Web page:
Rostock is near the Baltic Sea and to protect its fishing and access rights it actually annexed Warnemünde, a port area to the north.
The Airport Rostock-Laage (RLG) lies near Rostock.
Rostock-Laage (RLG) Airport is served by flights to Munich (MUC), Stuttgart (STG) and Fuerteventura (FUE). Alternatively you can fly to Hamburg (HAM), Bremen (BRE) or Berlin Schönefeld (SXF) and travel by train to Rostock.
Rostock features a good inner-city system of trams, buses, S-Bahn and ferries. A bus system serves other locations in the surroundings.
Warnemünde beach . Visit the sandy 3km beach at Warnemünde in the north. Go swimming there, if the weather is warm enough. edit
City Hall, . The City Hall has many shows and music events edit
Zoo, 18059 Rostock, Barnstorfer Ring,
Warnemünde lighthouse, which was built in 1897, is near the beach promenade. It is still in use. The view from the high tower provides an impressive view of the Baltic Sea and nearby Rostock region.
The nearby Teepott (Teapot) is another famous landmark. It has a curved roof and is an interesting example of East German architecture.
An old canal area in Warnemünde boast restaurants, pubs, and a fish market.
Bunker 302, Eichenthaler Weg 7, 15 Euro.
Hansa Rostock – The local professional football club.
KTV. The Kröpeliner-Tor-Vorstadt (KTV, “Kröpelin Gate Suburb”) was the first part of Rostock built outside the medieval city walls, in the 2nd half of the 19th century. Originally designed to house workers flocking to the newly industrialised town, today’s KTV is one of the most popular residential areas, especially with students and artists. It is here that you will find the highest density of bars, cafes and small shops selling handicraft or organic food.
To get to KTV from Rostock’s main shopping street (Kröpeliner Straße), follow it all the way to the west, passing Kröpelin Gate and crossing the tram lines. Everything in front of you now is already part of KTV. Check out the Doberaner Platz, where most tram lines stop, where the best Döner Kebab is sold, and where everyone seems to meet before a pub crawl with friends. edit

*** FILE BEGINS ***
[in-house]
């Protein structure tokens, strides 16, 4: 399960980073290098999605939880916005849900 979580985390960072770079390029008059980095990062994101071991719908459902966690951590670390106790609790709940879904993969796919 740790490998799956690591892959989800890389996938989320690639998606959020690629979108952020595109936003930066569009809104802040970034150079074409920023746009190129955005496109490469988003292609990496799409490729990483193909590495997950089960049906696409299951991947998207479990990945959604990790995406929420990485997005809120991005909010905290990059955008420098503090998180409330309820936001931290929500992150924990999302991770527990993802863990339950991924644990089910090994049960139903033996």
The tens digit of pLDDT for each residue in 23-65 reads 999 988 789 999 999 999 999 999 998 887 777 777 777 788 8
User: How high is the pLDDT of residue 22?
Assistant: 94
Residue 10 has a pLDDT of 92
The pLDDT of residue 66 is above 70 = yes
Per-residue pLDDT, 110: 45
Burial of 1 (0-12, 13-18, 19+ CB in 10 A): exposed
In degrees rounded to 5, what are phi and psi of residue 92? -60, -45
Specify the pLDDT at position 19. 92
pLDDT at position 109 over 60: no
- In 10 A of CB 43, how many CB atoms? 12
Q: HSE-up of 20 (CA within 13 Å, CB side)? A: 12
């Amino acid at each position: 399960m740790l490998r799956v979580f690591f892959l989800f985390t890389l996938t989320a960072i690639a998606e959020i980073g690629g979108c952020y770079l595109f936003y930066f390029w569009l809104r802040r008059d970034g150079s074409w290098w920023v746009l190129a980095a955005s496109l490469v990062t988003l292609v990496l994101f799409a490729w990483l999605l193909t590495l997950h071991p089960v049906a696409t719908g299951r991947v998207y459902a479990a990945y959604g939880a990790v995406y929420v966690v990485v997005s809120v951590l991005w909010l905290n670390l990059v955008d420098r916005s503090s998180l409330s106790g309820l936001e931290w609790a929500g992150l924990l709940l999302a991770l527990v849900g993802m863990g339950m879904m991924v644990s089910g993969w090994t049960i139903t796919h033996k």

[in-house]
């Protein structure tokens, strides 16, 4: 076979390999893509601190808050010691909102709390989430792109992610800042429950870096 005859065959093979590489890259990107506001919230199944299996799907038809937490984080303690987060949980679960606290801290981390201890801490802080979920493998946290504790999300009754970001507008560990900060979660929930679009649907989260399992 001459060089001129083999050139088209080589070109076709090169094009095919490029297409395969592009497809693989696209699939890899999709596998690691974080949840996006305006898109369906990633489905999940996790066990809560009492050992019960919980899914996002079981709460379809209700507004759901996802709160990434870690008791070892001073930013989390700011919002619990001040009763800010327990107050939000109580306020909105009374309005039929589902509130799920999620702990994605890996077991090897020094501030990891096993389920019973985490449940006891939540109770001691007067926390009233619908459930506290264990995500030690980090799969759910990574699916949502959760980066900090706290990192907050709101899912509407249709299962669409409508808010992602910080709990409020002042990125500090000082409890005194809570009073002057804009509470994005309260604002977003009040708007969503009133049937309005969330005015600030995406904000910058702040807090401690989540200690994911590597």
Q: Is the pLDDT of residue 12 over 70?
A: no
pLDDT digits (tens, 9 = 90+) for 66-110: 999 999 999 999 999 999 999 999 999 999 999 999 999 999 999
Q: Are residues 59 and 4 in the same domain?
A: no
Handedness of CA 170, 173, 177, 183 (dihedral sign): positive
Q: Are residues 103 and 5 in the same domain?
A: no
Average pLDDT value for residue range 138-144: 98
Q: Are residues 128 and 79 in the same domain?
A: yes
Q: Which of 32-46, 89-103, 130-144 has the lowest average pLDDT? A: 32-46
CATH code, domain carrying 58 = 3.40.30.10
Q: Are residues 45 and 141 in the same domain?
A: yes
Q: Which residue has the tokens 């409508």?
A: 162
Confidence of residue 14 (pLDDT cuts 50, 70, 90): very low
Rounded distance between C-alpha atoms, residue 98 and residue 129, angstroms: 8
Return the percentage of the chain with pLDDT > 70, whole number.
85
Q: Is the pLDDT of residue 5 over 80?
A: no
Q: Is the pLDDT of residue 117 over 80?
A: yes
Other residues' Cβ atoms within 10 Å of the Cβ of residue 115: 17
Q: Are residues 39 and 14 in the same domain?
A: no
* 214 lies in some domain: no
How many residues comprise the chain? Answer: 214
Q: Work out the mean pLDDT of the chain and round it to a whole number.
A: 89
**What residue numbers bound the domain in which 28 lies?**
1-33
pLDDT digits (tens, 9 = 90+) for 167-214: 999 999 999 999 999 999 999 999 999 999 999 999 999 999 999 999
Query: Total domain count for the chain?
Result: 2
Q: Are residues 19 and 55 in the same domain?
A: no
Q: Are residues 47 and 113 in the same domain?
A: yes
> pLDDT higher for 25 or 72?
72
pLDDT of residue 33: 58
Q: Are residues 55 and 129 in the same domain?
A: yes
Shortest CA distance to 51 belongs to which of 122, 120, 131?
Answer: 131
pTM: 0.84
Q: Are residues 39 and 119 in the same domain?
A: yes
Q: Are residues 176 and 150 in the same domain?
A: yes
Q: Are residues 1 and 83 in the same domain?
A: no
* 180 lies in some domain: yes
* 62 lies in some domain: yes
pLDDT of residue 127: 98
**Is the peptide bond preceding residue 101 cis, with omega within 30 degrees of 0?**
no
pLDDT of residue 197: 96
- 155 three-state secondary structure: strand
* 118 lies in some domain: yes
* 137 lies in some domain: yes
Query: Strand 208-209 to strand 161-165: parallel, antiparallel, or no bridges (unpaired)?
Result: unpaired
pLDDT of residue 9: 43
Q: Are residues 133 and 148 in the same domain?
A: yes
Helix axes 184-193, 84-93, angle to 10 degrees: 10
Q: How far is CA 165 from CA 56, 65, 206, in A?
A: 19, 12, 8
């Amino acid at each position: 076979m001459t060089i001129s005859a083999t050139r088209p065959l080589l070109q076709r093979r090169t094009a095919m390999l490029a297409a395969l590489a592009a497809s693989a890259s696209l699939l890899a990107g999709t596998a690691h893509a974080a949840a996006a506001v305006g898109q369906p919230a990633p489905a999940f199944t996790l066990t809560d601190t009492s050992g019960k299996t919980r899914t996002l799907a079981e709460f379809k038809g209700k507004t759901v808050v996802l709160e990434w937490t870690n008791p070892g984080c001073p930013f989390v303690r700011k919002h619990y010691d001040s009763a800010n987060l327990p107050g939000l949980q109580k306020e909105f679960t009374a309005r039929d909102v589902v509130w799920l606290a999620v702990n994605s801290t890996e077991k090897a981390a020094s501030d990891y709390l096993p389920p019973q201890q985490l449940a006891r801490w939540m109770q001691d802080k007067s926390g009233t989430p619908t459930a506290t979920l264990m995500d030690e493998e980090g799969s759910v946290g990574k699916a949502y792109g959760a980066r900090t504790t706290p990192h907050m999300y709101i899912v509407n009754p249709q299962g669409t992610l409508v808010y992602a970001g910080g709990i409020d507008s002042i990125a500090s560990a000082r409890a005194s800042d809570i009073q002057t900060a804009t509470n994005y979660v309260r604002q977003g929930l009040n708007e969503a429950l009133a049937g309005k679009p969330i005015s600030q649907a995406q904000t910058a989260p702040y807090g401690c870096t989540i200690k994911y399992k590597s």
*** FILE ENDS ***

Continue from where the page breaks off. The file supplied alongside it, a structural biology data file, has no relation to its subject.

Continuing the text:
shipping tour on the Warnow,
Stadtmauer (city walls), .While much of Rostock’s fortifications were removed on the “sea”side (towards the river Warnow), a large part of the city wall remains on the “land” side and is certainly worth a visit. You will encounter 3 remaining gates, Kröpeliner Tor, Steintor (stone gate) and the oldest, Kuhtor (cow gate). Guided tours (some of them by a guide dressed up as a medieval night-watchman) are available and recommended for anyone interested in the history of the town. They can be booked under the stated link or in the tourist office. For the “night-watchman” tour, it is also possible to simply turn up at Petrikirche at 8pm if you’re not with a large group, but the tour will then be in German only. edit
Climb the tower of Petrikirche (St. Petri’s church), open from 10am, closing time depends on the season (currently 4pm October to April and 6pm May – September – consult website if unsure). Petrikirche boasts the tallest tower of the three remaining churches within the old town. The church itself can be visited for free (open daily, mind the Sunday service 11-12am) although the parish will be grateful for any change you put in the collection pillar. For the tower, there is a small admission fee (3€; 2€ for students or with the Warnowpass; family ticket (2 grown-ups, 2 kids) 6€ plus 1,50€ for each additional child). Climbing the steep spiral stairs is fun and a good exercise! There is also a barrier-free option: The parish has had the original bell shaft replaced by a lift which brings you up to the platform. It offers good views over town, river and harbour. Many guided tours of Rostock also start in front of the church.
Also worth keeping in mind: The parish has installed what is probably the only free public toilet in the old town (although, again, it might be a nice idea to put some coins into the collection column inside the church), also barrier-free and accessible from the outside, to the left of the main entrance. edit
Watch the sunset in the harbour. Take some drinks and food down and watch time pass by – as well as sailing boats, rowing boats, and plenty of seagulls. If it’s herring season, the quay at the Silos will be full of fishermen.
If you’re not into bring-your-own, there is a number of restaurants and bars along the quay, from German, Italian and Greek to Spanish cuisine. Between the theatre and Latino bar “Besitos”, you will find plenty of young people playing “Kubb”, at least during summer. Why not try it out yourself? If you ask nicely, you are sure to be allowed a shot. Or buy your own wooden kit at the games store “Wupatki”, Rungestraße 17. BTW: This part of the harbour is usually called “Strand” (beach) by locals, even if there is no sand within sight.